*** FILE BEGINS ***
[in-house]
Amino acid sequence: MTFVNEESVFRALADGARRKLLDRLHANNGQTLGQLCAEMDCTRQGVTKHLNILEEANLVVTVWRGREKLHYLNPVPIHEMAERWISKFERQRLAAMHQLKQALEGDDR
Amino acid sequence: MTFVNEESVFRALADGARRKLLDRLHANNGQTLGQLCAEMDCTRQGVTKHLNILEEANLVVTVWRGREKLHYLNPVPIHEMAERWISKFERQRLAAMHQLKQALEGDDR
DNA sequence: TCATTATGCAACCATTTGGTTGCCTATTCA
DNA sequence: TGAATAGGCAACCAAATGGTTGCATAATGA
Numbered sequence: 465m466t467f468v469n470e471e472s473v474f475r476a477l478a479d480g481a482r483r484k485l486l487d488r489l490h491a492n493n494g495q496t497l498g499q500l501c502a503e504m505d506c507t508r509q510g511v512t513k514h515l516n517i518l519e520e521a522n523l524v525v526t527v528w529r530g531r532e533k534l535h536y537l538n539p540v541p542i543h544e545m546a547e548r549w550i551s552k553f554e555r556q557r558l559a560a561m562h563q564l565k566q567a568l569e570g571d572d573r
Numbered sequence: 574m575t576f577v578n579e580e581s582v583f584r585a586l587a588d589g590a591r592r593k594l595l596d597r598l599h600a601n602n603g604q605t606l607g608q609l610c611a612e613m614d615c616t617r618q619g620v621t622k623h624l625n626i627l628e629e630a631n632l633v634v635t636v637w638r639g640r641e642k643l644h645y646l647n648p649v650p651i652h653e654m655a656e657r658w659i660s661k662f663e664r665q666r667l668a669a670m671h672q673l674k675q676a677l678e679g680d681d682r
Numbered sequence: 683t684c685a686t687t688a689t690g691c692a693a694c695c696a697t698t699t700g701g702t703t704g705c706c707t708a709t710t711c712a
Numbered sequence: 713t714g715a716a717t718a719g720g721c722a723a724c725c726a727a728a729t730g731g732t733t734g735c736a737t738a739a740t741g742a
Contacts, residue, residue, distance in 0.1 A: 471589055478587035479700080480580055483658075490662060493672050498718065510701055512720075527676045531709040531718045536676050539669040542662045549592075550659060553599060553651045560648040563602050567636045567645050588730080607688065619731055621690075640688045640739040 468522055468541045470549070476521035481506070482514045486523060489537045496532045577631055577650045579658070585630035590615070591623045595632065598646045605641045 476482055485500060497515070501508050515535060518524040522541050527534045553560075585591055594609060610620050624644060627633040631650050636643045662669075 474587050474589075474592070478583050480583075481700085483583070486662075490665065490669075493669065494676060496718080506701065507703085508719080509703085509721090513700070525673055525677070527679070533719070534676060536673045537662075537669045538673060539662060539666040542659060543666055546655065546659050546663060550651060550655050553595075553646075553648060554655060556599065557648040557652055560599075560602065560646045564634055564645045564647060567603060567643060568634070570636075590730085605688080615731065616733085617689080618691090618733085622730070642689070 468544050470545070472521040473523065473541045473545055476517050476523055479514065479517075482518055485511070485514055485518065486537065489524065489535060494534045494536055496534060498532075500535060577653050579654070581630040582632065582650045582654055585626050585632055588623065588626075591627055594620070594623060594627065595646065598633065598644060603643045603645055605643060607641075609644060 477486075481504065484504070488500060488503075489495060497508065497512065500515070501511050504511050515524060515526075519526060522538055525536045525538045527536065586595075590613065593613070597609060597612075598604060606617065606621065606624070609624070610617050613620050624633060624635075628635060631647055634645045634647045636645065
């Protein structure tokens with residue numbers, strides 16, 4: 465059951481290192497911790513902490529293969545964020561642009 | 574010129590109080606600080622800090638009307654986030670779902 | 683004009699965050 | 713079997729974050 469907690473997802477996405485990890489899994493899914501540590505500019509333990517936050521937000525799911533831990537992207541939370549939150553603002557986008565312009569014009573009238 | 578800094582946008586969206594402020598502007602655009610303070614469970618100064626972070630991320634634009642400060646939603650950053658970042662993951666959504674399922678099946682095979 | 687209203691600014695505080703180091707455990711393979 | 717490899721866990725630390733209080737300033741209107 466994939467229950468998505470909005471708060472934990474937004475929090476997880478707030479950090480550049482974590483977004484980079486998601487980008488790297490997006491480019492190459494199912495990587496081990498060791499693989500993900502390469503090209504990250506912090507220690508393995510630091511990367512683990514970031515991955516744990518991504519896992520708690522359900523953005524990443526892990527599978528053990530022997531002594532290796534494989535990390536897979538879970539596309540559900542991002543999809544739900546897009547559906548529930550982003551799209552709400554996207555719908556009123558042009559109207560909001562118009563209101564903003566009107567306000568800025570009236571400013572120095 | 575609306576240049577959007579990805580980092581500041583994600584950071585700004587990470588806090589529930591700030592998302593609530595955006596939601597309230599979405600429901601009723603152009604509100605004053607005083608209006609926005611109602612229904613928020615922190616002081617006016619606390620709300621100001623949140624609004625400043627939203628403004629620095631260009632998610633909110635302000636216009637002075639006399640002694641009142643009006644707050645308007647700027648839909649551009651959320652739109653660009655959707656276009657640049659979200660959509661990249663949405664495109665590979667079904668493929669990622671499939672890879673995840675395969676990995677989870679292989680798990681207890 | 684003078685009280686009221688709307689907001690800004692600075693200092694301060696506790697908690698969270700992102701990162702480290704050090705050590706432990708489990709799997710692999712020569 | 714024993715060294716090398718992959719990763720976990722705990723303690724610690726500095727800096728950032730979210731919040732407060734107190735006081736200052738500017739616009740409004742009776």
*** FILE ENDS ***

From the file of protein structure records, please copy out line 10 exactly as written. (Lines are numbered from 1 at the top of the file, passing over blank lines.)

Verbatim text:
Contacts, residue, residue, distance in 0.1 A: 471589055478587035479700080480580055483658075490662060493672050498718065510701055512720075527676045531709040531718045536676050539669040542662045549592075550659060553599060553651045560648040563602050567636045567645050588730080607688065619731055621690075640688045640739040 468522055468541045470549070476521035481506070482514045486523060489537045496532045577631055577650045579658070585630035590615070591623045595632065598646045605641045 476482055485500060497515070501508050515535060518524040522541050527534045553560075585591055594609060610620050624644060627633040631650050636643045662669075 474587050474589075474592070478583050480583075481700085483583070486662075490665065490669075493669065494676060496718080506701065507703085508719080509703085509721090513700070525673055525677070527679070533719070534676060536673045537662075537669045538673060539662060539666040542659060543666055546655065546659050546663060550651060550655050553595075553646075553648060554655060556599065557648040557652055560599075560602065560646045564634055564645045564647060567603060567643060568634070570636075590730085605688080615731065616733085617689080618691090618733085622730070642689070 468544050470545070472521040473523065473541045473545055476517050476523055479514065479517075482518055485511070485514055485518065486537065489524065489535060494534045494536055496534060498532075500535060577653050579654070581630040582632065582650045582654055585626050585632055588623065588626075591627055594620070594623060594627065595646065598633065598644060603643045603645055605643060607641075609644060 477486075481504065484504070488500060488503075489495060497508065497512065500515070501511050504511050515524060515526075519526060522538055525536045525538045527536065586595075590613065593613070597609060597612075598604060606617065606621065606624070609624070610617050613620050624633060624635075628635060631647055634645045634647045636645065